Josh Rabinowitz Squrae.jpeg


Josh Rabinowitz

Brooklyn Music Experience, New York

Music Consultant

June 2019

Josh has produced, supervised and negotiated over 10,000 tracks for Branded Content, Television, Film, Social Media, and Major and Indie Recording Labels, reaching billions of consumers and fans, including over 50 tracks for Super Bowl ads. As a performer, bandleader, trombonist and recorder virtuoso, he has performed over 2000 shows with his band, The Second Step.

Read on and get a small glimpse of why Rabinowitz has earned the industry’s respect so resoundingly…

You’ve been referred to as the voice of music in branding and advertising. A weighty accolade for sure! How did your career in advertising kick off and progress?

I was an early outspoken advocate of the power of music in Advertising and Branding, and after so much credit for my work was being taken by others, I raised my voice even louder, and I think my voice was heard :-)  

My interest in the space began when I learned that the earliest configuration of the Beastie Boys had won $40k US in a settlement after BA used their music, without permission, in an ad - I saw their rehearsal / hangout space on 59 Christie Street in Chinatown, NYC that they rented and set-up with that money, and it opened up my eyes to a potential route for monetizing one’s musicality that seemed interesting.

My first job in music and advertising was as a trombone session player.  I was used to getting paid a few bucks and a belly full of beer for performing  a live show, and at that session for the Bronx Zoo, for 5 minutes of work, I got remunerated as much as I did for a full night’s work.

I eventually, after many attempts at getting a full-time gig in the music business, joined a NYC based music company, working for a guy called Jon Silberman, who had started the original JSM, learned the business as fast as I could, made some excellent connections and then moved into a different music company called tomandandy.  There I got deeper into the business and had some really nice successes.  After a few years, I went to become a staff music producer at Y&R, working with some great collaborators for 7+ years, making even bigger waves, and then accepted a job at Grey as their Director of Music, where I spent 14 years, and had some deeper successes. 
Working on both the production company and agency sides must have given you a comprehensive overview of the industry, making you perfectly positioned in your current consulting role. Would be great to hear how it’s all going. What’s your average day looking like? 

The consulting role is excellent, I speak with many disparate players in the music space (not just ad and branding folks) every day, strategize and conceptualize with them, take a plethora of meetings, advise and connect companies to important collaborators, work on some Music Supervision and Production jobs that seem interesting and creative, travel to several conferences and present keynotes, all the while developing that great, forward-thinking idea that will hopefully bust open within the ever-changing music business model and be the next big idea.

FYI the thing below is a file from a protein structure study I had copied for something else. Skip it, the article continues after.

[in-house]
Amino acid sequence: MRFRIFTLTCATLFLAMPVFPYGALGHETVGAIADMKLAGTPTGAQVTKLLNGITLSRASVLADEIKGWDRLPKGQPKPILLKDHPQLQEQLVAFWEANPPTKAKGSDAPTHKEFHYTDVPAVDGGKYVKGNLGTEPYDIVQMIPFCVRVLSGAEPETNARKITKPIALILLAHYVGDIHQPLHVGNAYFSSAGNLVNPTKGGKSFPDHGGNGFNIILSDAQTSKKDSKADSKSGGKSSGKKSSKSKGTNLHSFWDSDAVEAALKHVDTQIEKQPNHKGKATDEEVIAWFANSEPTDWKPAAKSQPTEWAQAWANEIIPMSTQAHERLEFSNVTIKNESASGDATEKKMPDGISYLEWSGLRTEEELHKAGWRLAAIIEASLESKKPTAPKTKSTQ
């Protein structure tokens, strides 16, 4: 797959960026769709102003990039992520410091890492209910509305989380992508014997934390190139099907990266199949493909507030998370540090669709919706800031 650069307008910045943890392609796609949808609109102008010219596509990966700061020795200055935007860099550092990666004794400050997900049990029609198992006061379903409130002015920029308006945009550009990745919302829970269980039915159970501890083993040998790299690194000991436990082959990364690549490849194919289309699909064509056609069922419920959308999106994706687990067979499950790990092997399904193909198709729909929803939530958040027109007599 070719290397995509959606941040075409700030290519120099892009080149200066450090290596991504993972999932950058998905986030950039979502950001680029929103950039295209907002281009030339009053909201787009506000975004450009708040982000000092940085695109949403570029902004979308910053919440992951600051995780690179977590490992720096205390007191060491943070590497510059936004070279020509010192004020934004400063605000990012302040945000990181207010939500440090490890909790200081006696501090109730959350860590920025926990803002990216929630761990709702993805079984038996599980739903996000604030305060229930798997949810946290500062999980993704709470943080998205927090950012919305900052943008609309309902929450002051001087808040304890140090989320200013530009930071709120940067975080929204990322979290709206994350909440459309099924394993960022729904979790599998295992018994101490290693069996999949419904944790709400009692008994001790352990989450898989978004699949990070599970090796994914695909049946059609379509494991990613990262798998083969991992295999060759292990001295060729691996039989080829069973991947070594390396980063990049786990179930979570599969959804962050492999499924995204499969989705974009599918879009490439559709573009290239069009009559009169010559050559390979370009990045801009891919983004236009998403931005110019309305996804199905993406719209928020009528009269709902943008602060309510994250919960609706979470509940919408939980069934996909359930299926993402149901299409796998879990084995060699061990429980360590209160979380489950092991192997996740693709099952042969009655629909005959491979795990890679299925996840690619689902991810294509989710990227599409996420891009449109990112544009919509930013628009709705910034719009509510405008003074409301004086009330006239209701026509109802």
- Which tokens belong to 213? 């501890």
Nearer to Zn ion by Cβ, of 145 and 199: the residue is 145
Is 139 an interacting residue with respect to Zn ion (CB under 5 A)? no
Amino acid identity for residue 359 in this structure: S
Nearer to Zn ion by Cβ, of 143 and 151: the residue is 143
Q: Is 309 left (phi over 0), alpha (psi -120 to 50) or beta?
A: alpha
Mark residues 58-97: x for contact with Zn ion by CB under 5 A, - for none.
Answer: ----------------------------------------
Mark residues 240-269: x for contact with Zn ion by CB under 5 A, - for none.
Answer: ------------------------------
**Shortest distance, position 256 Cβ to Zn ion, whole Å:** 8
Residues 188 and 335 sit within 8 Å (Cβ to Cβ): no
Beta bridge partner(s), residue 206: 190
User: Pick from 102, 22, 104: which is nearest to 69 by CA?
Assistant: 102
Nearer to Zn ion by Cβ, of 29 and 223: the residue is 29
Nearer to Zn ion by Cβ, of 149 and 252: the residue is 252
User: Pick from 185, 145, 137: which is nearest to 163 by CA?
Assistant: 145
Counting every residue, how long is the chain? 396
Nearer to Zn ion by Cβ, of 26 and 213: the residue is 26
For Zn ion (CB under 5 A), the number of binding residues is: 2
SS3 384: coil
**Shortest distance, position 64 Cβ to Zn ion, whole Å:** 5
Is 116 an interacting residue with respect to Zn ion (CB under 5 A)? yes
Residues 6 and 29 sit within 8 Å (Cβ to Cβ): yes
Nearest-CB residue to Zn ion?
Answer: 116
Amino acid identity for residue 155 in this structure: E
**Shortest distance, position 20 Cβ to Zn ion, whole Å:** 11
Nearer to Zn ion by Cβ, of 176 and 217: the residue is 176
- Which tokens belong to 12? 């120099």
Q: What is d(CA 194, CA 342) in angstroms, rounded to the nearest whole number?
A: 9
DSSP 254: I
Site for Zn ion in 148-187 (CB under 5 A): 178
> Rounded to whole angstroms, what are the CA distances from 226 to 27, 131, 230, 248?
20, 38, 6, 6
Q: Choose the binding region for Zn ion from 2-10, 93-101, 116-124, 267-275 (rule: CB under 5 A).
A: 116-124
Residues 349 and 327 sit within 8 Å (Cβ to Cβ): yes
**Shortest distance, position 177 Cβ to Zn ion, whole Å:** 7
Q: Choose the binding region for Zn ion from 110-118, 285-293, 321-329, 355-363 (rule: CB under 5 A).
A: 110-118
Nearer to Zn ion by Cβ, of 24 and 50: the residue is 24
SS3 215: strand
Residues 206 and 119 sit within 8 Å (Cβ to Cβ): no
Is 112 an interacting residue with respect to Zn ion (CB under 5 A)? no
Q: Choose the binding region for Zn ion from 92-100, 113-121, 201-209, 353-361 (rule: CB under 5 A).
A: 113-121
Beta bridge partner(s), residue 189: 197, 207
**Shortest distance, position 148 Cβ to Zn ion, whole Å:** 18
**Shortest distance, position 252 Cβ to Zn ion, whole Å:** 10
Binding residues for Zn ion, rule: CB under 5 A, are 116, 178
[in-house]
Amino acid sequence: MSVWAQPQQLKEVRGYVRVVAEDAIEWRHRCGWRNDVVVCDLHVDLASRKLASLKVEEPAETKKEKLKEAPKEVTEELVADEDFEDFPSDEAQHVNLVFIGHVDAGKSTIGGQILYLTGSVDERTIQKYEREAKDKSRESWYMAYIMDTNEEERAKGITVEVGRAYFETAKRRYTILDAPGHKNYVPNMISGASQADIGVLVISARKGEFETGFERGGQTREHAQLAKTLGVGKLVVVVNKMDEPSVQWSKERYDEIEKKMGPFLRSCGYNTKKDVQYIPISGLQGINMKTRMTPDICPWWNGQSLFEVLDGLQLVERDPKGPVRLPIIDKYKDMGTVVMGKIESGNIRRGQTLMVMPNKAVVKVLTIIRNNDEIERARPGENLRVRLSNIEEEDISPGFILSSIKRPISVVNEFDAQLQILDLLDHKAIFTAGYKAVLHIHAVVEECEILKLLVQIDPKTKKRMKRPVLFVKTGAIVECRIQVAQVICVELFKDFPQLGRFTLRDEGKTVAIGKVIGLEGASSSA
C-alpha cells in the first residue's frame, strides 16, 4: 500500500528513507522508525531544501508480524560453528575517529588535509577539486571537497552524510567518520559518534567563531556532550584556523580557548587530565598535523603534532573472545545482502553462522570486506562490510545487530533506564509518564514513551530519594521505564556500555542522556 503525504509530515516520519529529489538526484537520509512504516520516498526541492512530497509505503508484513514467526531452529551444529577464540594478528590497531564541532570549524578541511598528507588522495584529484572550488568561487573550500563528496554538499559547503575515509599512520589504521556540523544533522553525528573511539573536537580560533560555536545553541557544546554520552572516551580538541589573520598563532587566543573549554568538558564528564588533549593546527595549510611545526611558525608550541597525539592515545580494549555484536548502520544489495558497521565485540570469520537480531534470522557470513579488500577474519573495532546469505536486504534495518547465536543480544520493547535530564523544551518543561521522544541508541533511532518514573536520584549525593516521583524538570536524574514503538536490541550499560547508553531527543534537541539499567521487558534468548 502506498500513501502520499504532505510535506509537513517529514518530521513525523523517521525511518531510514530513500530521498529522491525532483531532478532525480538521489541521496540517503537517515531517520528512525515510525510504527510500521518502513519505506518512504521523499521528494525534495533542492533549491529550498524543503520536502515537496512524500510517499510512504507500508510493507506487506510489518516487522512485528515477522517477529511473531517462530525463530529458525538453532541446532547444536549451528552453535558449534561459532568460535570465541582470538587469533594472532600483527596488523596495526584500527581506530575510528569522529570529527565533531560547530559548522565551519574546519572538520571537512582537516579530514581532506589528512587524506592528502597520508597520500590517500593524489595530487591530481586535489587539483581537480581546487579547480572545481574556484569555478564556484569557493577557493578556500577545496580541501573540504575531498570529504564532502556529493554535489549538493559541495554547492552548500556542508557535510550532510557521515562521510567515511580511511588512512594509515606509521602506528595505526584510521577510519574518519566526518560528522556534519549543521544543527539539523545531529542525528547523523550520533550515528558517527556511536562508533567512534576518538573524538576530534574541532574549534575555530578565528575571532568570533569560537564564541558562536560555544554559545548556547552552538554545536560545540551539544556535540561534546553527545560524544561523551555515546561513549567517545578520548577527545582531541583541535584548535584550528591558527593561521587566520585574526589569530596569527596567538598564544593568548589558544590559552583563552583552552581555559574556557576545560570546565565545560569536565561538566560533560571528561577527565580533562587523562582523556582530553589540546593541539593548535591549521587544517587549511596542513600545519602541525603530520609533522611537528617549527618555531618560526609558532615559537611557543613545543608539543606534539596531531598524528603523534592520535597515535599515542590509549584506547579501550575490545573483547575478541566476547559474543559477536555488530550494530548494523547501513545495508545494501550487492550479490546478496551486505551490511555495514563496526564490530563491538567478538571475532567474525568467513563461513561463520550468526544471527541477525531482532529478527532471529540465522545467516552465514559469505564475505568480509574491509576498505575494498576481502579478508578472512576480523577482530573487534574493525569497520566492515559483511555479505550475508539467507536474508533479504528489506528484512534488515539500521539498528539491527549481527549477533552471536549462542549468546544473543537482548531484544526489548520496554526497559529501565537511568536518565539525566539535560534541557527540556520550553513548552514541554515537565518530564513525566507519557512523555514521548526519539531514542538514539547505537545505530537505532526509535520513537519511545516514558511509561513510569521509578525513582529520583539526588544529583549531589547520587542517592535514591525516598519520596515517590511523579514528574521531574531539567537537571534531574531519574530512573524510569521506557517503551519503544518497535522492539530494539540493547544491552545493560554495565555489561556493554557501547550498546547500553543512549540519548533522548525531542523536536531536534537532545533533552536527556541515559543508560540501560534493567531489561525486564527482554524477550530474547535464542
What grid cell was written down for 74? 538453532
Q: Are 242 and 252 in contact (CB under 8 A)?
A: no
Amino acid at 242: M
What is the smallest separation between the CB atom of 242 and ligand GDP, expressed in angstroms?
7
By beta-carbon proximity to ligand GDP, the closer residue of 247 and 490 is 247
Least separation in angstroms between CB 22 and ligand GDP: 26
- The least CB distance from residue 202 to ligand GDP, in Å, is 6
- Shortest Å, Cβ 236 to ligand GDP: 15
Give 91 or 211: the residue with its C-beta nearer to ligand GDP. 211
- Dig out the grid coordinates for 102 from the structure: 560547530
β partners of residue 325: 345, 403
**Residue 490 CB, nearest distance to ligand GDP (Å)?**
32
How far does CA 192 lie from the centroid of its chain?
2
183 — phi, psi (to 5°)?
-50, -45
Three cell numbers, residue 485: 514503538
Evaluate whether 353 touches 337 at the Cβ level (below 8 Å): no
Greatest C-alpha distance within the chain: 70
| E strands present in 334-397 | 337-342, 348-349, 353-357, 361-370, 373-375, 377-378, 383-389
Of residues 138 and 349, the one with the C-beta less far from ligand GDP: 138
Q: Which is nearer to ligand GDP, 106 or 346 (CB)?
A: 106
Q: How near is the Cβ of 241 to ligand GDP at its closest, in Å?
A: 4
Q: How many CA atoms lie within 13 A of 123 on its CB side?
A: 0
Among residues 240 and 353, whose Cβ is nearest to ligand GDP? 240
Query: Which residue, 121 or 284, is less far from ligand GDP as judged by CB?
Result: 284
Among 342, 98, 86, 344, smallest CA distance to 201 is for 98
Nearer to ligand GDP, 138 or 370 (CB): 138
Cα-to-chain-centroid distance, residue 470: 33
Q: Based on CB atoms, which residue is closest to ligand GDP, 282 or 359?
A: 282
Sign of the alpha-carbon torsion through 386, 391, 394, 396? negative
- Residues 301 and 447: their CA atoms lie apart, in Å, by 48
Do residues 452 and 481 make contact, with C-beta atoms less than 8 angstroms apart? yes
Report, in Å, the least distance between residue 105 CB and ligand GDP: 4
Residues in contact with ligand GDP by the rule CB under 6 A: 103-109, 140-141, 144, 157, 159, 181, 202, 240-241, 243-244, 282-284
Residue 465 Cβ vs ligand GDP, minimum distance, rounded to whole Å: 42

Have you noticed any trends recently in terms of what type of music is being licensed / commissioned?

The trend I’ve noticed is the use of much interesting music at a low price point, and many huge sync deals at a high price point - leaving a hole in the middle, the middle correlating to budgets generally aligned with interesting original/custom music creation.

On the jobs you’ve worked on in the last year or so what has been the approximate split between commissioned, original music vs. existing tracks?
45/55, with many, many licenses obtained for small/micro uses like quantitative testing, disparate social media uses, online ads and other industrial uses.

How do you go about finding new artists and writers? Do you accept unsolicited submittals?

If I’m not aware of a new artist or writers from my varied encounters at conferences, my daily musical interactions, word of mouth, listenings to music, social media low and high attention span research, listenings with my kids and friends, then the artists and writers must never have put there music out there ;-)
Any particularly demanding / interesting projects recently? 

I find that the most demanding projects are those when my collaborators don’t allow themselves to stand back and allow their collaborators to engage their expertise and insight.  The least demanding and most successful projects in my career have occurred when people have let me do what I do and respect and trust my input to execute - I never will suggest an edit to a good editor, a revision to a good writer, an idea to a good idea-person - if you want good work and results, hire good people and let them do what they do.
What are your plans for the near future? 

To continue to swim in various musical pools, meet everyone I can, ideate-ideate-ideate, ruminate-ruminate-ruminate, marinate-marinate-marinate,  until that brilliant idea formulates and then I’ll hopefully be able to make even more musical impact than I have over the last 20+ years in one fell swoop ;-)